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Modeling our database

For this task we will be setting up our database for a cooking recipe website (it got the most votes in our class project poll). 

In django, we create models for our database in the file found in an application folder. For information about creating an app in our django project take a look through the documentation.

The process for setting up your database is typically:

  1. create an app
  2. create a Model class
  3. add the app to your and make sure you fill out the database settings
  4. go to the terminal and cd to your project folder
  5. type "python syncdb"
  6. type "python migrate" (assuming you are using south)

Using what we learned in mapping our systems and entity relationships, we are ready to create a simple database to power a recipe website. For this website we will have the following requirements:

  • Users must be able to create/edit/delete recipe
  • Recipe's can be sorted based on food type (ie American, French, Italian)
  • Recipe's can be sorted based on date uploaded
  • Users have a profile with first name, last name,  blurb about them, and food type specialty

Your Assignment

Read the about django models here: 

Create an application called "recipes" in your django project. Create your models in the file and post it here. I would recommend you create an entity relationship map so you can get your head around the models for this project. DO NOT SYNC THE DATABASE YET. 

Use this for reference on which fields to use:

Task Discussion

  • Jessica Ledbetter   July 31, 2011, 2:13 a.m.

    class Recipe(models.Model):
        title = models.CharField(max_length=200)
        slug = models.SlugField(max_length=110)
        ingredients = models.TextField()
        instructions = models.TextField()
        creator = models.ForeignKey(User)
        food_type = models.ManyToManyField(FoodType)
        created_on = models.DateTimeField(


    class User(models.Model):
        first_name = models.CharField(max_length=30)
        last_name = models.CharField(max_length=30)
        username = models.CharField(max_length=255, default='', unique=True)
        email = models.EmailField(max_length=75, unique=True)
        password = models.CharField(max_length=255, default='')
        bio = models.TextField()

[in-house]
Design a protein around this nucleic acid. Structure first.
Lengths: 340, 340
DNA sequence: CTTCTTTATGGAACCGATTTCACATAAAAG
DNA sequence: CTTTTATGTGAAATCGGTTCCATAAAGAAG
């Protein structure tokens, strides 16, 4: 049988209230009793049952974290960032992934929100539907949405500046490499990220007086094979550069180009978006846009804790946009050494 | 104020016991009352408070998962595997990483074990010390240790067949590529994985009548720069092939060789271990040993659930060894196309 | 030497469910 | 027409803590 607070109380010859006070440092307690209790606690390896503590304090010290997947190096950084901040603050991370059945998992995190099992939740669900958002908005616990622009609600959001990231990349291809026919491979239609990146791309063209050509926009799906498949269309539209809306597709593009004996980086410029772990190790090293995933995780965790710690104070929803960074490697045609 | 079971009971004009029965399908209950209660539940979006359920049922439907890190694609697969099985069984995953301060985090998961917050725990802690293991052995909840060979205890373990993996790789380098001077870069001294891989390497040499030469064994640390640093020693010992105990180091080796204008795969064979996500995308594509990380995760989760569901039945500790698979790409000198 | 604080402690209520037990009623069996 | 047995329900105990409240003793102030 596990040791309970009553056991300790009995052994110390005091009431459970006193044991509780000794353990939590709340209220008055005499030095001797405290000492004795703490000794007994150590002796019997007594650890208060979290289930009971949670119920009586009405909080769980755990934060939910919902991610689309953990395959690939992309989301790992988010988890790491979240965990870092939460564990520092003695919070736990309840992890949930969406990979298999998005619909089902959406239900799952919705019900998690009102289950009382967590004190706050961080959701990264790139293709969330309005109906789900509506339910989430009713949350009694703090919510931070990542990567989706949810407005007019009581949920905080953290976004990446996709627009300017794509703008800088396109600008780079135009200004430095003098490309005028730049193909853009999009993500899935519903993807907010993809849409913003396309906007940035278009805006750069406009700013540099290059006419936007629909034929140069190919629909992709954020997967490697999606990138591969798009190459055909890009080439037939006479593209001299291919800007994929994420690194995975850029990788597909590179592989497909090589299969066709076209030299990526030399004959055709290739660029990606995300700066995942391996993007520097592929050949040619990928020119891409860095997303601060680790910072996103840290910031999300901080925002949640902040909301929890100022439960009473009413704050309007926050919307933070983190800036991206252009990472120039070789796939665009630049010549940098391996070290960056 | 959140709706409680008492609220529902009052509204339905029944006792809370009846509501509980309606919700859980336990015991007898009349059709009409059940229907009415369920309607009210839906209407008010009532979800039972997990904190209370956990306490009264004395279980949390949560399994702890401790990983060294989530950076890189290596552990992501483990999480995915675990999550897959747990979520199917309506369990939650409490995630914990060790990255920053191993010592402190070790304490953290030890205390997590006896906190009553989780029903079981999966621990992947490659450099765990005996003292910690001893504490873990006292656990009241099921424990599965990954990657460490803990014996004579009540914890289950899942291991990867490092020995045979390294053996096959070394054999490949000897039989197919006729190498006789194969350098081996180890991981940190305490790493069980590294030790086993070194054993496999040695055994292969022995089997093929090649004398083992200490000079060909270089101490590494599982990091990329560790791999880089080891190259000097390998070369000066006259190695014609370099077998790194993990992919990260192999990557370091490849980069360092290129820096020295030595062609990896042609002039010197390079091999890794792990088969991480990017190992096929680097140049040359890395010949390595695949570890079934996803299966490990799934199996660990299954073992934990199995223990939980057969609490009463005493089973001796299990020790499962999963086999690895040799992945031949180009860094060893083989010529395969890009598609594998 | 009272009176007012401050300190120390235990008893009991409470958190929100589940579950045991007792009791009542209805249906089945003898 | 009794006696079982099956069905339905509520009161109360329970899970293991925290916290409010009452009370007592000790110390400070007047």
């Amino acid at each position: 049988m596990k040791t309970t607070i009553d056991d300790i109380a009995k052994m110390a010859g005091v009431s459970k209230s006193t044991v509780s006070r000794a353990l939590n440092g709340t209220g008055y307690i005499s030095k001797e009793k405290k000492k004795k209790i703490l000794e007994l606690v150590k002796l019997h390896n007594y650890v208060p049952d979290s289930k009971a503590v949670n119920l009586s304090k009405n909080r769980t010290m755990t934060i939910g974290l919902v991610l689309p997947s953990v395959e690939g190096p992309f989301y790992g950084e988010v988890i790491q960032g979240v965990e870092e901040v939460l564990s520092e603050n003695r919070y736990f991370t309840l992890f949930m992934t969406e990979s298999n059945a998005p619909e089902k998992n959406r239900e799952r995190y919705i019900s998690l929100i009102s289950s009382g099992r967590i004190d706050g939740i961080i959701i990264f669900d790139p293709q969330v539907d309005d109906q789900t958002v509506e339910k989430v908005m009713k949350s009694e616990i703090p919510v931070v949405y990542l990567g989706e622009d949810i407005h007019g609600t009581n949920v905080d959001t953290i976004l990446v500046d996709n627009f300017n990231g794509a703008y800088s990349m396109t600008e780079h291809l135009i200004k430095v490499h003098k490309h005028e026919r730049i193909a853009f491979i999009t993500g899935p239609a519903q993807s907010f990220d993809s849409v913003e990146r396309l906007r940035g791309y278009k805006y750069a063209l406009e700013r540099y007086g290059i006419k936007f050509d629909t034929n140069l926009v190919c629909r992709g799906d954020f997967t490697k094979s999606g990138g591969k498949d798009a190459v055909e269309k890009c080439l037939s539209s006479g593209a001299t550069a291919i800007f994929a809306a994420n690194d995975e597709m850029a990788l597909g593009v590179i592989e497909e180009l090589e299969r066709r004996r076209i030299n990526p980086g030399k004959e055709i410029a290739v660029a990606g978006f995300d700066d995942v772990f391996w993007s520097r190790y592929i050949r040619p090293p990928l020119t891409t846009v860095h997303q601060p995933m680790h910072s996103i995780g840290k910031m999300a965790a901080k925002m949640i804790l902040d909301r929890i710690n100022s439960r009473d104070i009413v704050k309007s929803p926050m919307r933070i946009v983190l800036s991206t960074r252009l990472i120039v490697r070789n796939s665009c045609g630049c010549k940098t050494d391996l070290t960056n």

food_type = models.ManyToManyField(FoodType)


    class FoodType(models.Model):
        title = models.CharField(max_length=100)
        slug = models.SlugField(max_length=110)


    Though I think I'm going to try a different way of logging in than storing a password. Maybe openid all that stuff.

  • Alex Kehayias   July 31, 2011, 10:34 a.m.
    In Reply To:   Jessica Ledbetter   July 31, 2011, 2:13 a.m.

    Very good! I would make the following suggestions though:

    • There is an existing User class in django that already has the basic first name last name email pass etc. It's used for the django auth system and can be called from any request by doing request.user. Since we are are adding a few more fields to it try creating a user profile or simply create a model with additional fields and use a foreign key to the User class. To get to the User class: from django.contrib.auth.models import User
    • Slug fields are cool, but we don't necessarily need to store them. In my opinion you don't want to use a slug as a unique ID. Therefore you really don't need to store them. Check out the slugify() function built in to django from django.template.defaultfilters import slugify. We can contruct urls that have a slug in them, but the slug doesn't really mean anything to the url routing. Stackoverflow actually does that from what I remember. You can delete the slug and the url will still work. It's just good for SEO and user experience.

    The best way to go about testing this would be to add all the models you created to the admin, run the django dev server, and log into the admin to play around with creating objects. I'll explain more about that later today. 

  • Jessica Ledbetter   July 31, 2011, 12:56 p.m.
    In Reply To:   Alex Kehayias   July 31, 2011, 10:34 a.m.

    Thank you for the compliment and feedback :) I'll update my models accordingly!

    Lernanta stores the slug so that's interesting. Maybe time to refactor that too ;)

  • Alex Kehayias   July 31, 2011, 1:20 p.m.
    In Reply To:   Jessica Ledbetter   July 31, 2011, 12:56 p.m.

    It's more of a preference thing, but if you don't really need it then no need to store it I suppose. You can use the objects pk as a unique identifier or some random number or hash. We do that at BeanSprout also. 

  • Jessica Ledbetter   July 31, 2011, 5:59 p.m.
    In Reply To:   Alex Kehayias   July 31, 2011, 1:20 p.m.

    Ah! Gotcha. Thank you :)